When examining a patient after a serious injury, a doctor or an orthopaedic surgeon often obtains an MRI to assess the extent of injury. There are instances where the history of the injury and the physical exam can suggest a serious knee injury and what structures are injured. In this Ask Dr. Geier video, I explain how and when doctors can make the diagnosis of ACL, MCL and meniscus tears.
Hi Dr. Geier,
I was told that a lot of ACL injuries are not isolated injuries. Almost half of the time, people could also have torn their MCL or meniscus at the same time of tearing the ACL. Without an MRI, would an orthopedic surgeon be able to get a full picture of all the damage in the knee? Are there tests to determine MCL and meniscus damage as well? I’m currently on a super long waiting list to get an MRI… It would be nice to hear your opinion. Thanks!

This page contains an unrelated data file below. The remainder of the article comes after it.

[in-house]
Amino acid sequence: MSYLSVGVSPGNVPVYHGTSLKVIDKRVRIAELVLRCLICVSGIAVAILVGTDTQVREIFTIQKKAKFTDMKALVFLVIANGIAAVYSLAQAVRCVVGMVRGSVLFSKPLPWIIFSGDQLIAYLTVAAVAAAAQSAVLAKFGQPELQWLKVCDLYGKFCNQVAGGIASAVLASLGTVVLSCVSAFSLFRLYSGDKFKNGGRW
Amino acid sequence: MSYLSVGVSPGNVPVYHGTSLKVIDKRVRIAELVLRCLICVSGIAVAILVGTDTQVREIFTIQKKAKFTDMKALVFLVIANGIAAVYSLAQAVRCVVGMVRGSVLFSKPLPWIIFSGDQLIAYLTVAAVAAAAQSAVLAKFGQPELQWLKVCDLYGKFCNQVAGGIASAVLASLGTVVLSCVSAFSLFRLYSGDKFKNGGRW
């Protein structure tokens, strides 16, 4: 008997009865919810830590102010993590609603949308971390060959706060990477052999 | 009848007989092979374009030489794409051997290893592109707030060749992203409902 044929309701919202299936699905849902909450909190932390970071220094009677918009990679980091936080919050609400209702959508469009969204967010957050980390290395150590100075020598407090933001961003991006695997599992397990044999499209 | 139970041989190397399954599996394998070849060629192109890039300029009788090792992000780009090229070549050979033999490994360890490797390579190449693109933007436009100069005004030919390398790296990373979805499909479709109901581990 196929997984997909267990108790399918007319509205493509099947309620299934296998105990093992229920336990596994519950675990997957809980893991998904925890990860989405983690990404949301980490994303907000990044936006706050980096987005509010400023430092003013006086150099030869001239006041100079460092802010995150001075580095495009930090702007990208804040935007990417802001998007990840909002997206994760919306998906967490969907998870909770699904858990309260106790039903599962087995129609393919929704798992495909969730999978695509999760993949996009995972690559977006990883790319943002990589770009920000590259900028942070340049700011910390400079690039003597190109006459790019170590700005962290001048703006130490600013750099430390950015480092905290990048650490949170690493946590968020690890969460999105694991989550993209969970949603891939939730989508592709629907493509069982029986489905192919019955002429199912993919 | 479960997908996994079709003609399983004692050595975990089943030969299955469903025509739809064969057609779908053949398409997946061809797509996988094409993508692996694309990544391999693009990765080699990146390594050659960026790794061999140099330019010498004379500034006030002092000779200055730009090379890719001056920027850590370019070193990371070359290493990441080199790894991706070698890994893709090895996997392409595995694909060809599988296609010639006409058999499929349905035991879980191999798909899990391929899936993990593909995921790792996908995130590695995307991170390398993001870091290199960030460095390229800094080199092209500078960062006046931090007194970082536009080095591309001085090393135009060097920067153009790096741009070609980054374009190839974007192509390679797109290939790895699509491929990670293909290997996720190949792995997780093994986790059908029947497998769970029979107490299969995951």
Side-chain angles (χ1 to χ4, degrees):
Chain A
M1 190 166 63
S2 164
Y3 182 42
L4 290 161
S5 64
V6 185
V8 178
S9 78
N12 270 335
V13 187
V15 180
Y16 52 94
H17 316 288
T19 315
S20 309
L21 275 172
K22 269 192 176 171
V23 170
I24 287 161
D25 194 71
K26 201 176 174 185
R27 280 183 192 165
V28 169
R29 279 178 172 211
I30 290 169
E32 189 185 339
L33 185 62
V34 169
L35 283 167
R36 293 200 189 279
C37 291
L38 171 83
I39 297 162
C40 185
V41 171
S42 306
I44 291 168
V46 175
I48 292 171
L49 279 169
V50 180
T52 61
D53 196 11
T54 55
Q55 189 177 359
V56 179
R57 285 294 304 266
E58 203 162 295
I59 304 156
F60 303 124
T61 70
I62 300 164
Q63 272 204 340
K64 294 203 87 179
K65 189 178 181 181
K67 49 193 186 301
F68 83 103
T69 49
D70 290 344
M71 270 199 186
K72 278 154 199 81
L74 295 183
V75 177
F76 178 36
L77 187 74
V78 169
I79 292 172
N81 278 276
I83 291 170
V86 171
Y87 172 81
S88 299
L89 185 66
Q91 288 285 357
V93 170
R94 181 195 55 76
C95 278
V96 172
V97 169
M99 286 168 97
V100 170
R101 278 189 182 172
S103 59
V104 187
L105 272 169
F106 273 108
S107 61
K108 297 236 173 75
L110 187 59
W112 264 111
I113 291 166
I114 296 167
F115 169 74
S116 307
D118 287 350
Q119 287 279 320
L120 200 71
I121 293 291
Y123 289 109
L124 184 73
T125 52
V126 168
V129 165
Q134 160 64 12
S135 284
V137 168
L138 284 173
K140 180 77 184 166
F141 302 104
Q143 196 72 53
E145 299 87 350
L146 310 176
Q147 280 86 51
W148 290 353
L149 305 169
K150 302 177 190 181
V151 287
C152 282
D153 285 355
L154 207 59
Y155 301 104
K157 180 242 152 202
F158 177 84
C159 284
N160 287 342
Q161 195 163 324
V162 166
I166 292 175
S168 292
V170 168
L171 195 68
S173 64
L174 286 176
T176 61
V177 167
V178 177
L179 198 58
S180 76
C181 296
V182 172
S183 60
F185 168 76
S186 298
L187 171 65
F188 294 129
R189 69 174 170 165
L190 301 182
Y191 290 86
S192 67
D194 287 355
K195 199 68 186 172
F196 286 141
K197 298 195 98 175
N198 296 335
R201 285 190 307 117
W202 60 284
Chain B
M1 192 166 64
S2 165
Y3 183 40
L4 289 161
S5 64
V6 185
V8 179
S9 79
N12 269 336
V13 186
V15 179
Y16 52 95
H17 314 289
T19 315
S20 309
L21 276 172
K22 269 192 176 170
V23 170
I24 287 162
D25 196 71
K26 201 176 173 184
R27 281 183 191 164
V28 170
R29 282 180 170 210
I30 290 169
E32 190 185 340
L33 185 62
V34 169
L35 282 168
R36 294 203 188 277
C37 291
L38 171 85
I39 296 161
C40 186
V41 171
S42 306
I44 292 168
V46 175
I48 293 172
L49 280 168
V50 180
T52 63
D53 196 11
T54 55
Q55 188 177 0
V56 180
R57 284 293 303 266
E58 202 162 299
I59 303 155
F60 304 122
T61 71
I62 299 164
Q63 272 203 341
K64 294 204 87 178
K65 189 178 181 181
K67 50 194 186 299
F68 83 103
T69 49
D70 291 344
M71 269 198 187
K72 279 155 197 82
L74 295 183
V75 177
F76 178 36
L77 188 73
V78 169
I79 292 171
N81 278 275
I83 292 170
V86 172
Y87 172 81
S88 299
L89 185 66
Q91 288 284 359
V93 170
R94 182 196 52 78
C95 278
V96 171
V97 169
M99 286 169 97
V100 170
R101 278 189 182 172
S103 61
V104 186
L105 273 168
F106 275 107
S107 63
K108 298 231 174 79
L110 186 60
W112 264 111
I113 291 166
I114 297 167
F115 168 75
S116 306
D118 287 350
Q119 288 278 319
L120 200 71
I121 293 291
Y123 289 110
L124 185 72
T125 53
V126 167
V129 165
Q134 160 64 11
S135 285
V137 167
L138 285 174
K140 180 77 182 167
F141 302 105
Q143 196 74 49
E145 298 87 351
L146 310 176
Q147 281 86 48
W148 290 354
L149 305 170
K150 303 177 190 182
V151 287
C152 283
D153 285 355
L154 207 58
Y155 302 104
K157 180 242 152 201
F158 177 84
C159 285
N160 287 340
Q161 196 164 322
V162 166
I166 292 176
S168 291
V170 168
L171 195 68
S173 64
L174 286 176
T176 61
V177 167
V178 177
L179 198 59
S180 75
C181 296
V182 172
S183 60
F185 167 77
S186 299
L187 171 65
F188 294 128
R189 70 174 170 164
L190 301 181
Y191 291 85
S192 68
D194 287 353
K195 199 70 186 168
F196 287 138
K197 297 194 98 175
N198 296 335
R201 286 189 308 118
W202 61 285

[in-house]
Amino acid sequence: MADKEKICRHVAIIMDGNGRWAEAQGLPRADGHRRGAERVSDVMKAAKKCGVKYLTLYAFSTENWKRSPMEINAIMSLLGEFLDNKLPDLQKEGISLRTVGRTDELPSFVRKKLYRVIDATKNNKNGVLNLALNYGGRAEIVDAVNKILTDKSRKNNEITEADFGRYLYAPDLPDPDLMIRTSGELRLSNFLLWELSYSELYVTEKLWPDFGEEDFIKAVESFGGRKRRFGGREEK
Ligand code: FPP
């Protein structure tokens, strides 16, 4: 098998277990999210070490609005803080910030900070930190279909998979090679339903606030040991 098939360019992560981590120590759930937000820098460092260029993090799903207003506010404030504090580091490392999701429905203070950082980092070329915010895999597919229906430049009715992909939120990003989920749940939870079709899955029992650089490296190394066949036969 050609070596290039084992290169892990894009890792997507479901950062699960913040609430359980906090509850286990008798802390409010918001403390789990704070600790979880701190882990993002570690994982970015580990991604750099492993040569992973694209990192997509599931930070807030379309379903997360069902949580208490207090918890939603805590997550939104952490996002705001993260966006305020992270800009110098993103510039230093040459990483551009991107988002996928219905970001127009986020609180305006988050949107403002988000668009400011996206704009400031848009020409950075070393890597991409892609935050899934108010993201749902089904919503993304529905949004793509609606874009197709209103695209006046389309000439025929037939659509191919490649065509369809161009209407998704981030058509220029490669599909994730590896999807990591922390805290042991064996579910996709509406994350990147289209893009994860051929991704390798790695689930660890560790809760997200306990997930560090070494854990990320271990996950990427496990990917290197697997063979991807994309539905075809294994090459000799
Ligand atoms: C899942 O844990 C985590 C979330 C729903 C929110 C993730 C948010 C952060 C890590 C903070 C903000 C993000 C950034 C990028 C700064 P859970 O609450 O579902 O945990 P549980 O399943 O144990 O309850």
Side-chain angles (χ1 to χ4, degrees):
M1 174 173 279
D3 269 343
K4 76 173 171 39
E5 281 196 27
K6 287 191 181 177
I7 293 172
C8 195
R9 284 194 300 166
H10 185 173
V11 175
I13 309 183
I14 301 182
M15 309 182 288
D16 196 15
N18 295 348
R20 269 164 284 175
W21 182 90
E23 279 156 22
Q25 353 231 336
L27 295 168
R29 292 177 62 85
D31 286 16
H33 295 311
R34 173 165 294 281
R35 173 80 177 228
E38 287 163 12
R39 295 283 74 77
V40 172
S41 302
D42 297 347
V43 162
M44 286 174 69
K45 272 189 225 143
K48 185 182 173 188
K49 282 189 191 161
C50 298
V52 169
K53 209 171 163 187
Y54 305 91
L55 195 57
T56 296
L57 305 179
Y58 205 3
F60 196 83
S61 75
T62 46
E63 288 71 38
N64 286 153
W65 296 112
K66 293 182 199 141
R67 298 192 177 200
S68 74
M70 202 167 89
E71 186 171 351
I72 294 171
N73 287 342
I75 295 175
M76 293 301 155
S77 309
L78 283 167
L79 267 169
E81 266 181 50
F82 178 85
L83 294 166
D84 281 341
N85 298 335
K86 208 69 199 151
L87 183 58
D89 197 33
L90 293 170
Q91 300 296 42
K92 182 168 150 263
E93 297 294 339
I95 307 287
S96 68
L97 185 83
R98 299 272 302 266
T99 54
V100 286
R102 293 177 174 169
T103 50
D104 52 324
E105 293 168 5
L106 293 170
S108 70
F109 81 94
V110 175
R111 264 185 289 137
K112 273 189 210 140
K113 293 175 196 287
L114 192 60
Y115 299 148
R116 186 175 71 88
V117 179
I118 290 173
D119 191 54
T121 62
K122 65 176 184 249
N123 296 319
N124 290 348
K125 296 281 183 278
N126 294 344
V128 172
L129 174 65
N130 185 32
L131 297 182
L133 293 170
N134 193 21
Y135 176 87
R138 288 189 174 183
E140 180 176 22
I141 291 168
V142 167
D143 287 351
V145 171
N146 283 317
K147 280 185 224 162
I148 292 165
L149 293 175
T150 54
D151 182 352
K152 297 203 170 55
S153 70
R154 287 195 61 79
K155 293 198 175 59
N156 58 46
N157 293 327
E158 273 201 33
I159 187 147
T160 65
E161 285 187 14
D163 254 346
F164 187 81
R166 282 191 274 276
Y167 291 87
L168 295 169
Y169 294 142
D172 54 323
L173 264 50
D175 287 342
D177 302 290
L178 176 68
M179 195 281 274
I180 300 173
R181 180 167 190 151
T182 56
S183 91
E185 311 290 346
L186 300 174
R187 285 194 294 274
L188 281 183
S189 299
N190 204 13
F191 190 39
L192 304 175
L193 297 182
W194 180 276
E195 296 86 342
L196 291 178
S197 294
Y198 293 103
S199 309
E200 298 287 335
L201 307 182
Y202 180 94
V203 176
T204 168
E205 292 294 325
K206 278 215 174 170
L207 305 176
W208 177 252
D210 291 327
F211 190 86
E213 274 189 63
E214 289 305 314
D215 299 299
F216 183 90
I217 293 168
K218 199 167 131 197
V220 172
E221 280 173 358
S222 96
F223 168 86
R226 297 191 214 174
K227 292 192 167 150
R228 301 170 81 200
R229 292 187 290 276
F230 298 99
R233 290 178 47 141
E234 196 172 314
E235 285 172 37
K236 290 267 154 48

There are a number of physical exam tests that can demonstrate specific injuries of the knee. For example, in the McMurray’s test, the surgeon fully flexes the patient’s knee and internally rotates the knee. If the patient has pain along the joint line with the McMurray’s test, it suggests that the patient could have a meniscus tear.
The medial collateral ligament (MCL) protects the knee against valgus stress (stress that opens up the medial side or inside of the knee). The surgeon can place the knee in different degrees of flexion and assess how much the knee opens with valgus stress.
Finally, a Lachman’s test and pivot shift test can demonstrate that a patient has a torn ACL. Unfortunately, shortly after the injury occurs, the knee can be swollen and stiff, making the exam difficult.
In this Ask Dr. Geier video, I discuss the use of physical exam and MRI to determine a serious knee injury what structures a patient has injured after a knee injury.
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